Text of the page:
FEMA leader visits Louisiana to check out hurricane recovery
LAKE CHARKES, La. (WAFB) - The head of the Federal Emergency Management Agency traveled Thursday to southwest Louisiana to view the region’s recovery from Hurricane Laura, hearing an earful of concerns about housing needs and the slow pace of disaster rebuilding aid for schools a year after the storm.
FEMA Administrator Deanne Criswell met with Gov. John Bel Edwards and regional leaders before touring the area to see some of the rebuilding work. She said she hoped to address the worries raised in her meetings, but she also noted: “Recovery does take time.”
Hurricane Laura struck southwest Louisiana on Aug. 27, 2020, as a Category 4 storm just south of Lake Charles. Less than two months later, Hurricane Delta swept into the same area as a Category 2 storm. Nearly 47,000 homes were damaged by Laura across 21 parishes, most in the Lake Charles region, according to state estimates.
Criswell said Laura was the most powerful storm to impact Louisiana since 1856, with enough debris removed from the region to fill New Orleans’ Superdome six times.
Edwards and Lake Charles Mayor Nic Hunter thanked FEMA for its quick response to the storms. But Hunter raised concerns about a pending request to the White House seeking to decrease the portion of rebuilding costs state and local government agencies must pay. And Edwards said Calcasieu Parish has had difficulty with the pace of FEMA rebuilding aid that threatens to slow school repairs.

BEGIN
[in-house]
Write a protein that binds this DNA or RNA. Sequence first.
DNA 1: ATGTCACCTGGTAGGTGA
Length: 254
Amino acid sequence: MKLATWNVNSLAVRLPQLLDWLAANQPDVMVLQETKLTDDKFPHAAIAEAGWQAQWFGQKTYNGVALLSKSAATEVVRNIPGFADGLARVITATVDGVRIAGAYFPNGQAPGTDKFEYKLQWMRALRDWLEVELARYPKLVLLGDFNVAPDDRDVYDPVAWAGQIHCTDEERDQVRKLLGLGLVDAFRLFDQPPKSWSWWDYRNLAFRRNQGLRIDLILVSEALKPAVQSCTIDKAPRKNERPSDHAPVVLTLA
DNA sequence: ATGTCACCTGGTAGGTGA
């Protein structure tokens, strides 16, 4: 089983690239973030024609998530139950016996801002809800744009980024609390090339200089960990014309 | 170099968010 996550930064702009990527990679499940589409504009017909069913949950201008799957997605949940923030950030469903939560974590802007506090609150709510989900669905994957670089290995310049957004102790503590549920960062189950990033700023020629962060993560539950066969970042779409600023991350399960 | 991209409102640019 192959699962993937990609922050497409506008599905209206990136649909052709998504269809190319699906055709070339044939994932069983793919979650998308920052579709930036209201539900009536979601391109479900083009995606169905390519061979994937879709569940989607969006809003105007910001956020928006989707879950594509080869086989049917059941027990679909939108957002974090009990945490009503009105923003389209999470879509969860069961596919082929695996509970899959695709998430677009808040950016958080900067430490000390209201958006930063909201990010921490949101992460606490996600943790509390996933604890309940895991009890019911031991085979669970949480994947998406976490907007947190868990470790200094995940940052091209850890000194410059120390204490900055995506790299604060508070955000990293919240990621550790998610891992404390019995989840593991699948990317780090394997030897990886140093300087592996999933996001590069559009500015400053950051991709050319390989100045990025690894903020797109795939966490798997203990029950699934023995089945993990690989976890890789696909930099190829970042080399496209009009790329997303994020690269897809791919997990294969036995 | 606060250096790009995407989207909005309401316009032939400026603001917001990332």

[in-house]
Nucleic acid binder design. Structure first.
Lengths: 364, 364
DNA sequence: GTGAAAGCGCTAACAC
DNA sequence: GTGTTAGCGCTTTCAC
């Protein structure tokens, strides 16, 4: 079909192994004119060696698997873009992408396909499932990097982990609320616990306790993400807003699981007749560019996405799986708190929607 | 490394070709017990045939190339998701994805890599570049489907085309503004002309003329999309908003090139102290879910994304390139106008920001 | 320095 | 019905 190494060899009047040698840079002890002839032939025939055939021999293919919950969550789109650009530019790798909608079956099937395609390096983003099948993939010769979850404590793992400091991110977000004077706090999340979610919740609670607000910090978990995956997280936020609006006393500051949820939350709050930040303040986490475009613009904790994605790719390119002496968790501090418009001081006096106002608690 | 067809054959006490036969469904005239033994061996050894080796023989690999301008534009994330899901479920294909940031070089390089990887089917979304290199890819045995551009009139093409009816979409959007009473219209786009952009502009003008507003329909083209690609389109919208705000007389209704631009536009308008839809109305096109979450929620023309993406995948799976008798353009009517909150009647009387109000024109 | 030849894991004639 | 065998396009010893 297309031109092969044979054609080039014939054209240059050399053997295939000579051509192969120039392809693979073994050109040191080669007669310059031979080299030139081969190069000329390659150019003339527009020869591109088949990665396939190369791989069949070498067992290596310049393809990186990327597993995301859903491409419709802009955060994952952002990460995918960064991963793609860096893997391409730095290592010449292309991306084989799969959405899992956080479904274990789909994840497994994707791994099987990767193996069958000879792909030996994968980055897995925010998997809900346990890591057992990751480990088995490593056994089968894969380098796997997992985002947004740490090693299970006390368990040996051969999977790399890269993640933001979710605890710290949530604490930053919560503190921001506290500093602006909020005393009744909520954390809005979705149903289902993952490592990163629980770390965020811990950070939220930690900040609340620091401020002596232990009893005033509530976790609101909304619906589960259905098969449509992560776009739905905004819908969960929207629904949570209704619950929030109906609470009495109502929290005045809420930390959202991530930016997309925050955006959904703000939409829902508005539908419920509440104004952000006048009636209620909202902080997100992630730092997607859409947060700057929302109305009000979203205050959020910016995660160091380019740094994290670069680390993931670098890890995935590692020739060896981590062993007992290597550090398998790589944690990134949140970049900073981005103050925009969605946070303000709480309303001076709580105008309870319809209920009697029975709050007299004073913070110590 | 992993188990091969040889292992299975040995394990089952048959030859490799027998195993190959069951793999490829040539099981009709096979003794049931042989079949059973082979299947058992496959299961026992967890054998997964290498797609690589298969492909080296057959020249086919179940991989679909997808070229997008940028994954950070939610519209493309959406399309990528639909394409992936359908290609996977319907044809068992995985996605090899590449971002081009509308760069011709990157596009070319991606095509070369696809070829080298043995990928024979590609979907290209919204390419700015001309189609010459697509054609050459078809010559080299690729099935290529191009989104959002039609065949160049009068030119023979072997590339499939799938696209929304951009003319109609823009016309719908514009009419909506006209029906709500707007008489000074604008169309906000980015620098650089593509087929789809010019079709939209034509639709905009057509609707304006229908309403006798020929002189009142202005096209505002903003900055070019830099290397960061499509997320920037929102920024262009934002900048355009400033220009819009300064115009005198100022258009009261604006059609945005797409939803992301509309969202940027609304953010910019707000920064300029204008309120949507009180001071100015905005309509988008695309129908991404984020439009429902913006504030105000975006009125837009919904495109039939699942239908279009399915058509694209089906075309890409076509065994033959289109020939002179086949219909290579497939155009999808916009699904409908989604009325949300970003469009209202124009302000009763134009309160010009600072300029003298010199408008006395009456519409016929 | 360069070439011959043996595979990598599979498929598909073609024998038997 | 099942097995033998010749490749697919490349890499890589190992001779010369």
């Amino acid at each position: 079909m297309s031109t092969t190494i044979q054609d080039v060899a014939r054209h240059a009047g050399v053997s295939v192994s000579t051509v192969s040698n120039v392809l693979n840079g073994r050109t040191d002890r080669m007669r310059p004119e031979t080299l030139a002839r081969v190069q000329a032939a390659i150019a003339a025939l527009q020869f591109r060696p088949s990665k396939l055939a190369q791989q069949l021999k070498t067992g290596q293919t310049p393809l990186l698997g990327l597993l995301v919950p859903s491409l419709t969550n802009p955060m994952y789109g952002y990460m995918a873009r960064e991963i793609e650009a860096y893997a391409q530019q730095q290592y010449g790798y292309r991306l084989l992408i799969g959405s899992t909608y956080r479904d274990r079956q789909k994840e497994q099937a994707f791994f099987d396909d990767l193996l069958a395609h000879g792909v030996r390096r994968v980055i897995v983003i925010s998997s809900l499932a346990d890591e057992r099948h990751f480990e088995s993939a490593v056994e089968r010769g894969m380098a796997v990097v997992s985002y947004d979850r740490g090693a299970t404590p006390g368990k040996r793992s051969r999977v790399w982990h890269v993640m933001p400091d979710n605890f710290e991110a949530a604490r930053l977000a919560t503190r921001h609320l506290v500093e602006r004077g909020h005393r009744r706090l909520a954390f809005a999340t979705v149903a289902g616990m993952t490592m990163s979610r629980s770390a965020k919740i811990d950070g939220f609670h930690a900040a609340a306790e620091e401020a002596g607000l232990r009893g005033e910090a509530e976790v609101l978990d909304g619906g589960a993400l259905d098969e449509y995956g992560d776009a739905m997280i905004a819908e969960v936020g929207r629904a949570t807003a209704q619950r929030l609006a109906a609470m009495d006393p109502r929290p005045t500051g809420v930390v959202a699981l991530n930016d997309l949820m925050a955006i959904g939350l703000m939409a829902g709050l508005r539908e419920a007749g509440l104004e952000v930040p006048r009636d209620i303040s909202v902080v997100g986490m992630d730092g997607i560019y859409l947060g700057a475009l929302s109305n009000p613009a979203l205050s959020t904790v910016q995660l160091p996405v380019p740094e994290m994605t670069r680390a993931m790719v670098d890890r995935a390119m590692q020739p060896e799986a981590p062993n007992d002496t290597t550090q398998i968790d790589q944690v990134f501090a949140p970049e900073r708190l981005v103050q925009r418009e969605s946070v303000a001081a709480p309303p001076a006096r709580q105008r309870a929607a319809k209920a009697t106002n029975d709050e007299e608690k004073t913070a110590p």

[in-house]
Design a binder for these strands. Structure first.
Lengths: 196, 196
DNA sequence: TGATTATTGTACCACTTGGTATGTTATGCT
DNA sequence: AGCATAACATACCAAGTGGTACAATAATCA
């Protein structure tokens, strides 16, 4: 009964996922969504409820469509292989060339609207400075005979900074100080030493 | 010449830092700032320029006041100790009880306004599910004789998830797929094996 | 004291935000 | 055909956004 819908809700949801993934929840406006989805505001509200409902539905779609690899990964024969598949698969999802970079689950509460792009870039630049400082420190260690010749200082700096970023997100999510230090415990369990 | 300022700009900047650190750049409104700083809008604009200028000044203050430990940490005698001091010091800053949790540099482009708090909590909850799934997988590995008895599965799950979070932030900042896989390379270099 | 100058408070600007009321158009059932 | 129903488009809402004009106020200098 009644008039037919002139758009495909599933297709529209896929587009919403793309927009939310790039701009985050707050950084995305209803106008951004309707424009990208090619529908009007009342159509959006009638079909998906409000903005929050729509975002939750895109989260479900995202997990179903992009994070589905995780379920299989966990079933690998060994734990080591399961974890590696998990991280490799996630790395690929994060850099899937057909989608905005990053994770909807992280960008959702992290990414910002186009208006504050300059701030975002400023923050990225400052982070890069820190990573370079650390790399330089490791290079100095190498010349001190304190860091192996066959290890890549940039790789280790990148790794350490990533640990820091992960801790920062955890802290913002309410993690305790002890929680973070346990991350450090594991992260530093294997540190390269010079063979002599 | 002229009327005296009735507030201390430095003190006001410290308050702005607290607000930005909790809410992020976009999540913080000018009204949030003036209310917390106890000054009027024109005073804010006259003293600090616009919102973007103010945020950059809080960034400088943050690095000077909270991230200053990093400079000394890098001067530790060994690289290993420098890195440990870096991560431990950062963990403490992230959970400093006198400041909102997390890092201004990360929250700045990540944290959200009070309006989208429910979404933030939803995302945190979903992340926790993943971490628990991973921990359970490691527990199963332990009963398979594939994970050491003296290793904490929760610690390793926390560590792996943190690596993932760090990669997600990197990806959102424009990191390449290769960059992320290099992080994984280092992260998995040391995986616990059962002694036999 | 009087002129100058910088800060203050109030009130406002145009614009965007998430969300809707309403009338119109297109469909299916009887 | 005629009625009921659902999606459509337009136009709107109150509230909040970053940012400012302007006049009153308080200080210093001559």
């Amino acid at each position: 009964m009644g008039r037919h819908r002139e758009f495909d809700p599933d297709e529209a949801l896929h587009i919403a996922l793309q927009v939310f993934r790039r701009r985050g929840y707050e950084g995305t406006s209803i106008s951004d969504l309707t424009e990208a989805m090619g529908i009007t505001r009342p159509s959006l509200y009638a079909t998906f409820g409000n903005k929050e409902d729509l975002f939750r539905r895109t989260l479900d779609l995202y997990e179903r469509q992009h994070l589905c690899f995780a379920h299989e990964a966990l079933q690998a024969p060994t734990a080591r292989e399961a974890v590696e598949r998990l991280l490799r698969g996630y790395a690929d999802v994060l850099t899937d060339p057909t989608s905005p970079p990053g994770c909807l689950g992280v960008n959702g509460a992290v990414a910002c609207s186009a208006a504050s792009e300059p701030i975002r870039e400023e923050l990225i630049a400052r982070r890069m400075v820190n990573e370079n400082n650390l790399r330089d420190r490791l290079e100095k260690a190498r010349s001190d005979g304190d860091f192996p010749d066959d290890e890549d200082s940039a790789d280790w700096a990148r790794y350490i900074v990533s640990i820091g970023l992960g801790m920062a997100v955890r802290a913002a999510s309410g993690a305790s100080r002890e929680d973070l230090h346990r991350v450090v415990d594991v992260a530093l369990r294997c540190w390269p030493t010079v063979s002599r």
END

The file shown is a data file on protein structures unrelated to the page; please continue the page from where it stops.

Meanwhile, Hunter continued to stress the need for congressional relief in the form of disaster recovery block grant aid.
Louisiana has received hundreds of millions of dollars in FEMA rebuilding assistance given to states after disasters, but not the supplemental disaster assistance Congress usually allocates after hurricanes. Edwards has requested $3 billion in assistance, mainly for housing programs.
“We continue to plead with Washington, D.C., to provide that needed aid,” Hunter said at a live-streamed news conference with Edwards and Criswell.
The Democratic governor said he’s hopeful the disaster block grant aid will be included in congressional budget legislation expected in September.
The visit to southwest Louisiana near the one-year anniversary of Laura comes as the state is threatened by a tropical depression that formed Thursday and could become a major hurricane.
“The time to prepare is now,” Edwards said. “We have a storm that will soon enter the Gulf. The Gulf is absolutely ripe in terms of the conditions for rapid intensification of this storm.”
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